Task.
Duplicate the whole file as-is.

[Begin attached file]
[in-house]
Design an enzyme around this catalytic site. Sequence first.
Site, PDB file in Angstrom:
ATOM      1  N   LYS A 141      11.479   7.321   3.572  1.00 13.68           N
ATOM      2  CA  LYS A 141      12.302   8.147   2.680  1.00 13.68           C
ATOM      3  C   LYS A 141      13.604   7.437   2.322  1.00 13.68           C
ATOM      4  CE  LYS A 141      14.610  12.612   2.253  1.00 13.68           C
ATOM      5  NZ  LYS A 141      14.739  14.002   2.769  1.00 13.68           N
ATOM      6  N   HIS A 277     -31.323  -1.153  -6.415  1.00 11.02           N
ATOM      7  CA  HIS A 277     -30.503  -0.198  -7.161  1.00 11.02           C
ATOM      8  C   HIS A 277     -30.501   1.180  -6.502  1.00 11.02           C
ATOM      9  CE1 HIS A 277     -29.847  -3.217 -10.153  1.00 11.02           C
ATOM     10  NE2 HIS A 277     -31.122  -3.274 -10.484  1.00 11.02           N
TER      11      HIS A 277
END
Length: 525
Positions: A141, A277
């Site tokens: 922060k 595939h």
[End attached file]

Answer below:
[in-house]
Design an enzyme around this catalytic site. Sequence first.
Site, PDB file in Angstrom:
ATOM      1  N   LYS A 141      11.479   7.321   3.572  1.00 13.68           N
ATOM      2  CA  LYS A 141      12.302   8.147   2.680  1.00 13.68           C
ATOM      3  C   LYS A 141      13.604   7.437   2.322  1.00 13.68           C
ATOM      4  CE  LYS A 141      14.610  12.612   2.253  1.00 13.68           C
ATOM      5  NZ  LYS A 141      14.739  14.002   2.769  1.00 13.68           N
ATOM      6  N   HIS A 277     -31.323  -1.153  -6.415  1.00 11.02           N
ATOM      7  CA  HIS A 277     -30.503  -0.198  -7.161  1.00 11.02           C
ATOM      8  C   HIS A 277     -30.501   1.180  -6.502  1.00 11.02           C
ATOM      9  CE1 HIS A 277     -29.847  -3.217 -10.153  1.00 11.02           C
ATOM     10  NE2 HIS A 277     -31.122  -3.274 -10.484  1.00 11.02           N
TER      11      HIS A 277
END
Length: 525
Positions: A141, A277
């Site tokens: 922060k 595939h």